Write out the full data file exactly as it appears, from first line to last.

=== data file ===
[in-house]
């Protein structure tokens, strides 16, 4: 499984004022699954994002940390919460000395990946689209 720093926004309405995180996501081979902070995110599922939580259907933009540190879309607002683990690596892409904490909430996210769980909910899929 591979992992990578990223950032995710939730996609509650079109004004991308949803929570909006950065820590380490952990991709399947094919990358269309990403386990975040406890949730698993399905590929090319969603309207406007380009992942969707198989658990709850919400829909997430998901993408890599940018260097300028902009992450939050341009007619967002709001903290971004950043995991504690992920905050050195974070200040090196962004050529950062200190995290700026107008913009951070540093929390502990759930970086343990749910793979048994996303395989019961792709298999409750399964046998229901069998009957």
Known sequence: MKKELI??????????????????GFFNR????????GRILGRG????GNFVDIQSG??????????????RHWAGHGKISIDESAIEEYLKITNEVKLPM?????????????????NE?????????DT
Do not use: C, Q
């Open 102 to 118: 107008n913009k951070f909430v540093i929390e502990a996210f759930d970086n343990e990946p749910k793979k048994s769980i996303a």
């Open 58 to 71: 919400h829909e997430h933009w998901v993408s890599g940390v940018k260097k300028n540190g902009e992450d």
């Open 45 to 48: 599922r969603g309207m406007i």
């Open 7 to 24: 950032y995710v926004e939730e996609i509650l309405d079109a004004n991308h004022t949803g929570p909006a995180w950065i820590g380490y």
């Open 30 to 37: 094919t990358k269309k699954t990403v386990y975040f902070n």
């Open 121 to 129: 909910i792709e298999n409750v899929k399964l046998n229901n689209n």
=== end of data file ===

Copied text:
[in-house]
């Protein structure tokens, strides 16, 4: 499984004022699954994002940390919460000395990946689209 720093926004309405995180996501081979902070995110599922939580259907933009540190879309607002683990690596892409904490909430996210769980909910899929 591979992992990578990223950032995710939730996609509650079109004004991308949803929570909006950065820590380490952990991709399947094919990358269309990403386990975040406890949730698993399905590929090319969603309207406007380009992942969707198989658990709850919400829909997430998901993408890599940018260097300028902009992450939050341009007619967002709001903290971004950043995991504690992920905050050195974070200040090196962004050529950062200190995290700026107008913009951070540093929390502990759930970086343990749910793979048994996303395989019961792709298999409750399964046998229901069998009957």
Known sequence: MKKELI??????????????????GFFNR????????GRILGRG????GNFVDIQSG??????????????RHWAGHGKISIDESAIEEYLKITNEVKLPM?????????????????NE?????????DT
Do not use: C, Q
């Open 102 to 118: 107008n913009k951070f909430v540093i929390e502990a996210f759930d970086n343990e990946p749910k793979k048994s769980i996303a």
């Open 58 to 71: 919400h829909e997430h933009w998901v993408s890599g940390v940018k260097k300028n540190g902009e992450d």
């Open 45 to 48: 599922r969603g309207m406007i």
């Open 7 to 24: 950032y995710v926004e939730e996609i509650l309405d079109a004004n991308h004022t949803g929570p909006a995180w950065i820590g380490y």
């Open 30 to 37: 094919t990358k269309k699954t990403v386990y975040f902070n």
């Open 121 to 129: 909910i792709e298999n409750v899929k399964l046998n229901n689209n």